Tuesday, 23 September 2008
Cliché corner

Thanks to Hugh for sharing Stephen Greenblatt’s up-beat heads-up about the upcoming, up-and-coming Arts-at-Harvard Taskforce. These “programs” and “initiatives” promise to “shape an even brighter future” for the arts - just when you thought the future couldn’t get any brighter-shaped. “Cross-School collaborations” are to encourage “broader engagement”, among those “community members” who “regularly engage the arts with enthusiasm and enormous talent”.


What does “engage” mean here? The arts can engage you, and you can engage in art, but can you “engage the arts”, except in battle? Don’t you need to interrogate them first? Either way, “enthusiasm and enormous talent” will win through, and that brighter future – sorry, even brighter future – will get shaped. Each future manages to be brighter than the last, even though the last was pretty damn bright.


“Engaged” is no longer confined to matrimony and toilet doors. It has become a general, and fairly meaningless, term of praise. In this New York Times piece on Auburn University, philosopher Kelly Jolley is described as “cheerful and engaged”. Where’s his fiancée, then?  


Newsflash – I should stop fussing and get with the programme. I think it’s all very silly, but – newsflash – some engaged community members with enormous talent think otherwise. Well – newsflash – “newsflash” is no longer new, or even flashy. And if the future's as bright as they say it's going to be, we won't be able to see it.

Posted on 09/23/2008 6:02 AM by Mary Jackson
23 Sep 2008
N-Gauge Theory
En garde! Prepare to be engorged with "Engage!"  I trust that you will find the following to be more than, or more than enough, engaging, although not much more.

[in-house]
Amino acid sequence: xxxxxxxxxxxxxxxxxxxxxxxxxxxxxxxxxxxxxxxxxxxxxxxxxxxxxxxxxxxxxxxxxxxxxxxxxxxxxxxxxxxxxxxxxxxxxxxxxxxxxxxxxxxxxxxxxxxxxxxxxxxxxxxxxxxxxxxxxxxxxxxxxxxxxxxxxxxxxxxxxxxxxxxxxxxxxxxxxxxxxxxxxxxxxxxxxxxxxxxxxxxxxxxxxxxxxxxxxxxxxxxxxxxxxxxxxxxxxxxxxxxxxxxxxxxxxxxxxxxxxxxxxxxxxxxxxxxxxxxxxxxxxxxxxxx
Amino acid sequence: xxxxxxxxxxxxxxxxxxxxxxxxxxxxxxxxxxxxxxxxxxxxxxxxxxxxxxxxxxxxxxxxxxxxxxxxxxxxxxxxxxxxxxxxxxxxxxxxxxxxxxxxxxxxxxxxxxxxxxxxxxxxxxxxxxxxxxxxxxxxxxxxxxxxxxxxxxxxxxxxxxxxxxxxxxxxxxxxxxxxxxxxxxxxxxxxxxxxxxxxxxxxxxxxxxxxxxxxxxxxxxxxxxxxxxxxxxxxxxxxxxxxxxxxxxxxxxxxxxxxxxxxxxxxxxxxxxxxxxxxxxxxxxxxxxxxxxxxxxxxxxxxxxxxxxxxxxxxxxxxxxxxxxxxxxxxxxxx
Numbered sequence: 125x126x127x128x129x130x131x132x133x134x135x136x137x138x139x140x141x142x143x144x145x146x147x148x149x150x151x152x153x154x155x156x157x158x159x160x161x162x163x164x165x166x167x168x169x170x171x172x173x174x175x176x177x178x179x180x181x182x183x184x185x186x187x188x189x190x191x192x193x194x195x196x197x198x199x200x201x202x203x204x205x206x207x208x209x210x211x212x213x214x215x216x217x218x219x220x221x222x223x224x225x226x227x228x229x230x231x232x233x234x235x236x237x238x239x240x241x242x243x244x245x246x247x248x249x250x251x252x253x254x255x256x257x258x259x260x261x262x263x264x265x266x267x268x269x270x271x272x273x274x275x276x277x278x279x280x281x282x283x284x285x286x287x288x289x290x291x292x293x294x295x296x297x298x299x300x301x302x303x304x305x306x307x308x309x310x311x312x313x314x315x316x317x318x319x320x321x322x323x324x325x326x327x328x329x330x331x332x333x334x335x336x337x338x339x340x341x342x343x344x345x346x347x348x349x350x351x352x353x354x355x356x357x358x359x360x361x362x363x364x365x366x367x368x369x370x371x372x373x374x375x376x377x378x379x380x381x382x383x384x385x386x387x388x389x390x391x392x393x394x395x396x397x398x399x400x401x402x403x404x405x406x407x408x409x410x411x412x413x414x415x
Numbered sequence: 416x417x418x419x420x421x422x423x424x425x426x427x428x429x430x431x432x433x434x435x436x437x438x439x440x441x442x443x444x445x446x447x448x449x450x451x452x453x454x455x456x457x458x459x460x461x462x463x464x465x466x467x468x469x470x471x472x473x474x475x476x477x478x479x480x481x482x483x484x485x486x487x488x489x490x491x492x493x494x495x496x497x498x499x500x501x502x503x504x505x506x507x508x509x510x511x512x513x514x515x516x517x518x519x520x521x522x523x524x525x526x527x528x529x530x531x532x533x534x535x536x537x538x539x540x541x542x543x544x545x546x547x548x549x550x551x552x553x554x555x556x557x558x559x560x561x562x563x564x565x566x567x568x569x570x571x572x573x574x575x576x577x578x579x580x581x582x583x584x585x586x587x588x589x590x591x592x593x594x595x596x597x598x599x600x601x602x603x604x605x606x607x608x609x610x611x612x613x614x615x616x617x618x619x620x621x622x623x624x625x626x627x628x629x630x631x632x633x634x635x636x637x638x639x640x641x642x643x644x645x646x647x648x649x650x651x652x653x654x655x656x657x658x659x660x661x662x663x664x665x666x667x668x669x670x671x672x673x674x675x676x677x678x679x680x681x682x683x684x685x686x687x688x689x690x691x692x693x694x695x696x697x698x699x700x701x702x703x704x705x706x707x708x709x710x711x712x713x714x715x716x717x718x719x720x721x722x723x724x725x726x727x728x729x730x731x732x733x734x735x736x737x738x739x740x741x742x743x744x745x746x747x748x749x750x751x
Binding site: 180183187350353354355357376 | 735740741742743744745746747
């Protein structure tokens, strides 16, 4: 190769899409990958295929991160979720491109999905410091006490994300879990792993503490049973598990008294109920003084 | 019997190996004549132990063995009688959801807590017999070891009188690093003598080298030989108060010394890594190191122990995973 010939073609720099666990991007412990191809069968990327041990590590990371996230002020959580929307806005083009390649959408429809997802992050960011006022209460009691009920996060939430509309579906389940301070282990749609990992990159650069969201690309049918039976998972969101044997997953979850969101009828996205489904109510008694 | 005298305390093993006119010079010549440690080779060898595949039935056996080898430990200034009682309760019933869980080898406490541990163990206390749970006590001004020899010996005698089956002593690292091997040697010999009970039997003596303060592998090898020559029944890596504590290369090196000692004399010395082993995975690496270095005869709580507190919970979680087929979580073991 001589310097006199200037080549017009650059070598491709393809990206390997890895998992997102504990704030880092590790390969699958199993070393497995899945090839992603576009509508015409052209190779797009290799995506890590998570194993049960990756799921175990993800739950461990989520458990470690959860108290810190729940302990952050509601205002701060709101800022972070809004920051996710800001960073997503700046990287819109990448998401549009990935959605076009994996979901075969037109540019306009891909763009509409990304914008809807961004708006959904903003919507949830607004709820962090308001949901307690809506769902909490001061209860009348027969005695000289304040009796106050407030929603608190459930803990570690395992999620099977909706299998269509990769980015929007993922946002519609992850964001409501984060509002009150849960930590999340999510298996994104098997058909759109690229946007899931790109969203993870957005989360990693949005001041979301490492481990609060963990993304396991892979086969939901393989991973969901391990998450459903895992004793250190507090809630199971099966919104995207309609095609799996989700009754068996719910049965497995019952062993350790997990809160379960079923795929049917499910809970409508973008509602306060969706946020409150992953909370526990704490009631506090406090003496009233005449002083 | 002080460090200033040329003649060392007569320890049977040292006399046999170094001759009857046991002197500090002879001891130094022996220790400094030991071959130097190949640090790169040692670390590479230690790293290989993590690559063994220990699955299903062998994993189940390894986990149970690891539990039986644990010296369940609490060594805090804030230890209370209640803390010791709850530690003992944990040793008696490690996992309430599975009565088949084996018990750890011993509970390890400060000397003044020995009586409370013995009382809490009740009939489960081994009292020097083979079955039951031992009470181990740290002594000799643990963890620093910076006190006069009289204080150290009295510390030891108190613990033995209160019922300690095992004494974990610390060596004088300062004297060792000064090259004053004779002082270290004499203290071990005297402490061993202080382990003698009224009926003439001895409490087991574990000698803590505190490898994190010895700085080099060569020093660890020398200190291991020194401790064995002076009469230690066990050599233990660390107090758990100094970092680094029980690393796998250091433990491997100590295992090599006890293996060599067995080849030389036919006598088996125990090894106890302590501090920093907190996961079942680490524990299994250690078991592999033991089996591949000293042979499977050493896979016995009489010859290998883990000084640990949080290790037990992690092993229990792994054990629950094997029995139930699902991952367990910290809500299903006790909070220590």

23 Sep 2008
Send an emailHugh Fitzgerald
It is surprising not to find, amidst all the lush hothouse campus banality of the greenblattian email, at least one "subversively interrogates"  or a  "negotiating the boundaries between" or possibly even an "interdisciplinary" or two. Apparently Homi Bhabha, now a special adviser to President Faust, wasn’t in on the final edit.The letter smacks more, in its phrasing, of an unintentionally dull mckinsey report, rather than being deliberately dull in the manner of those kinsey reports that were forced to tiptoe past the censorious passions of easily-agitated yore.
The verb "to engage" recalls a passage in Pale Fire where the French adjectival form, engagé --  a term of phrase applired admiringly to the writer who in his deux-magots delirium chose to enter the political fray and Take A Stand not only outside, but inside his books --  appears, though in dismissive phonetic form:
"some phony modern poem that was said / In English Lit to be a document / 'Engazhay and compelling.'"